People/Biz

Hot Docs managing director Alan Black announces resignation

Shortly after the Hot Docs Canadian International Documentary Festival unveiled the programming lineup for its in-person 2022 edition, Alan Black (pictured), longtime managing director of the Hot Docs Ted Rogers ...
April 1, 2022

Shortly after the Hot Docs Canadian International Documentary Festival unveiled the programming lineup for its in-person 2022 edition, Alan Black (pictured), longtime managing director of the Hot Docs Ted Rogers Cinema and director of operations for the Hot Docs festival, announced via his social media accounts that he will be stepping down from his position following this year’s festival.

“After two decades @hotdocs playing a small but significant role in building an [ever]-growing Canadian community of documentary filmmakers, film lovers, and curious minds, I have decided that this festival will be my last,” wrote Black at the beginning of a Twitter thread posted yesterday (March 31).

“Those who know me well will [chalk] this decision up to Covid or burnout, but the urge has been burning deep within for some time. I might have left a few years ago, but felt committed to helping steer the ship through the scary instability of the pandemic. Now with a visionary new leader in place along with a brilliant executive team and an unbelievably talented staff whom I hope I have in some small way prepared for the future, I am confident I can step away without @hotdocs missing a beat.”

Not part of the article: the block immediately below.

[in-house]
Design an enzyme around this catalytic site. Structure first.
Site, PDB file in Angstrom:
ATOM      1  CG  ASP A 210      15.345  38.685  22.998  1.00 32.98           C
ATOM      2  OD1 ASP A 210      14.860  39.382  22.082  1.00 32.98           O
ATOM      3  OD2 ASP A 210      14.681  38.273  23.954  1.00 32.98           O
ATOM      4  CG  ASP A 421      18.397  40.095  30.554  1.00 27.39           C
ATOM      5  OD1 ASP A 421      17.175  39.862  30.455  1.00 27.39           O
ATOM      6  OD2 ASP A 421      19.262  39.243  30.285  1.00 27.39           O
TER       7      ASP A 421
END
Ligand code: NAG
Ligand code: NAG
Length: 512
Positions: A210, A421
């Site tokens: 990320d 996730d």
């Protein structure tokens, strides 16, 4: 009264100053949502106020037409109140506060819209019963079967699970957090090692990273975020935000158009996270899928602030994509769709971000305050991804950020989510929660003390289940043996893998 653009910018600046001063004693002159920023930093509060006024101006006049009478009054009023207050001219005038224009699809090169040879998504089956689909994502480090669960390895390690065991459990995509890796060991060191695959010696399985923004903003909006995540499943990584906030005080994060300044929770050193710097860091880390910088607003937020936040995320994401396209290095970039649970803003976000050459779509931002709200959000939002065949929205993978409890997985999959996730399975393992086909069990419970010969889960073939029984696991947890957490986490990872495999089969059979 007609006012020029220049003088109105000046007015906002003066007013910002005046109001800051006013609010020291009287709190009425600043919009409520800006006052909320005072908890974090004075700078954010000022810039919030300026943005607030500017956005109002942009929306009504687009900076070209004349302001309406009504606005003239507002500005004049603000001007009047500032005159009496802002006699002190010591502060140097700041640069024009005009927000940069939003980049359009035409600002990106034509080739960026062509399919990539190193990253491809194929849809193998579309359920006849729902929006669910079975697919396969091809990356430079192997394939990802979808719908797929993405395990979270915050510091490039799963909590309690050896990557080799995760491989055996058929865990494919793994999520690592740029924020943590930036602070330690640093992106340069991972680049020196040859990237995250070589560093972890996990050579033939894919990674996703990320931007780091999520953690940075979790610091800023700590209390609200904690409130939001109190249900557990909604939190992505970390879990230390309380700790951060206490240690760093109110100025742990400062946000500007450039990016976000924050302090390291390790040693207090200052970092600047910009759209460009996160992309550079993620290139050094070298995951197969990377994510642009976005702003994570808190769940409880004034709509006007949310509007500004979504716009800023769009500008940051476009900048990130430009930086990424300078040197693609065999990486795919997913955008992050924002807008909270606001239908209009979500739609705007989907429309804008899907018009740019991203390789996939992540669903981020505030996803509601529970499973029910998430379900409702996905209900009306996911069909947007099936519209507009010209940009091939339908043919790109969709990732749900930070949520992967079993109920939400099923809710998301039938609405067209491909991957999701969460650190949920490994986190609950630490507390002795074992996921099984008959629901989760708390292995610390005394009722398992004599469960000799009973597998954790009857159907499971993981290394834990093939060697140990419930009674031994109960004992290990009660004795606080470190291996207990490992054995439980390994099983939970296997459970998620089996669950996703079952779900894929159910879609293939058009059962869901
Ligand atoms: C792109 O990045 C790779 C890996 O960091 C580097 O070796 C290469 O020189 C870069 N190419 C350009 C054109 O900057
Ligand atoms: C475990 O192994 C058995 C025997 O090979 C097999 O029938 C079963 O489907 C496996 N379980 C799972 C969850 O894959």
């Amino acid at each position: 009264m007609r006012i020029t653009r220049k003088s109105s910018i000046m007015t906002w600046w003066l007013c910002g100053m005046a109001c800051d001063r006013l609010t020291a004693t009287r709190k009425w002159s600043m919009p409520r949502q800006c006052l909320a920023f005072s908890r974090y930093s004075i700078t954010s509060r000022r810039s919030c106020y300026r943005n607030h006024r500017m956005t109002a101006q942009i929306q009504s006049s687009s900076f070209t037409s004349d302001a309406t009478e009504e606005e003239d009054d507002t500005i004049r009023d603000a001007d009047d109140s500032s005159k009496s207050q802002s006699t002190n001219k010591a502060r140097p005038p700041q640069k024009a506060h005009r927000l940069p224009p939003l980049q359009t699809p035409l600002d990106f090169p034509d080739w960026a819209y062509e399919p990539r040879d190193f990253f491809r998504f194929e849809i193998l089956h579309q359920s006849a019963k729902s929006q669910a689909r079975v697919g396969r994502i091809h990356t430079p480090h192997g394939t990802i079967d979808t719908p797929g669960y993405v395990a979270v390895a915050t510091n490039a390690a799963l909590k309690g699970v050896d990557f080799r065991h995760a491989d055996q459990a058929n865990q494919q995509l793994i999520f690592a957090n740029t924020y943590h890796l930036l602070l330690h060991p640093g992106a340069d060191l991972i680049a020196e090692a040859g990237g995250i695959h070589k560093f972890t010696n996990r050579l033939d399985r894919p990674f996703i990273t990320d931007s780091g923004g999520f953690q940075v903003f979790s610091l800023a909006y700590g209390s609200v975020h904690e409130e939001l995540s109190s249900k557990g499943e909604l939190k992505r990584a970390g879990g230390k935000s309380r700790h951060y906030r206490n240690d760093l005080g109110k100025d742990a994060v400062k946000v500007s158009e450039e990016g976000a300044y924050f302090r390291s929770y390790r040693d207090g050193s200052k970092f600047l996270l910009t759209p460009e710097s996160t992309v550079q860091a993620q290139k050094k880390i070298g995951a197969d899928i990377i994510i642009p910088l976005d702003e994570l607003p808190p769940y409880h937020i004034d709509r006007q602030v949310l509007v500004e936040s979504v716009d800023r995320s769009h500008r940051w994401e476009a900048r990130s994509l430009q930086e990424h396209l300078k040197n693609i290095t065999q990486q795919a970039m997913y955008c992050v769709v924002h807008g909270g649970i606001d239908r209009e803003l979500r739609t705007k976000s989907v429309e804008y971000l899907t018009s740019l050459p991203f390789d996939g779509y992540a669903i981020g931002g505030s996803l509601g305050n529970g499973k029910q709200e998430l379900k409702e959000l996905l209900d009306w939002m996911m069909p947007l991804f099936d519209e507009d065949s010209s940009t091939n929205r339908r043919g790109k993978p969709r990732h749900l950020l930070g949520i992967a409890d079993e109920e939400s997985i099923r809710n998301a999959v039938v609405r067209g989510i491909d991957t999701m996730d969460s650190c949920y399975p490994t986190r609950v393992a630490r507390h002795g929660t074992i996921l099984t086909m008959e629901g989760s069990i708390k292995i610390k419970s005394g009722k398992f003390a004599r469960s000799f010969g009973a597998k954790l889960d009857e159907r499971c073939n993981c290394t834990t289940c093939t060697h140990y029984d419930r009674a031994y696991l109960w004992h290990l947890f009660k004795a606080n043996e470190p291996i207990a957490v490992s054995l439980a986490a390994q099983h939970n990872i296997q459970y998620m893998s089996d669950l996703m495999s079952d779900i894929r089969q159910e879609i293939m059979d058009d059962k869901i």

Black first joined Hot Docs in 2001, working his way up from box office manager to the role of managing director of the Hot Docs Ted Rogers Cinema and director of operations for the Hot Docs festival, which he has held for the last 10 years.

Parallel with his work for the festival, he continued his career as a documentary filmmaker in his own right, directing such films as Strongman: Hugo Girard (2002), about the six-time Canada’s Strongest Man champion; Beautiful and Deranged: The Song of the Yukon (2006), which spotlights three of the Yukon’s foremost musicians; and Jackpot (2009), about the regulars at a Toronto bingo hall.

“I came to Hot Docs in 2001 as a young filmmaker looking for a job that would allow me to pursue my passion projects,” said Black in his Twitter thread. “Twenty years later it is clear to me that the job I stumbled into to pay my bills was in fact my passion project.

“I have devoted the better part of my adult life and most of my creative energy to helping turn Hot Docs from a small, local festival into one of the most vital and vibrant cultural organizations in the count[r]y. Now after twenty years, it is time for me to step away and return to some of the passion projects I have put on hold these many years. I am eager to explore new opportunities, tread some new paths, and determine where else I can be of value.”

“Alan shared his plans with us to leave Hot Docs after this year’s festival several months ago and we, or course, are sad to see him go,” said Hot Docs co-president Chris Macdonald in a statement released following Black’s¬†announcement. “His invaluable contributions have helped the organization grow enormously over the past two decades, and we thank him for his hard work and dedication and wish him all the best as he starts a new chapter.”

About The Author
Barry Walsh is editor and content director for realscreen, and has served as editor of the publication since 2009. With a career in entertainment media that spans two decades, prior to realscreen, he held the associate editor post for now defunct sister publication Boards, which focused on the advertising and commercial production industries. Before Boards, he served as editor of Canadian Music Network, a weekly music industry trade, and as music editor for HMV.com. As content director, he also oversees the development of content for the brand's market-leading events, the Realscreen Summit and Realscreen West, as well as new content initiatives.

Menu

Search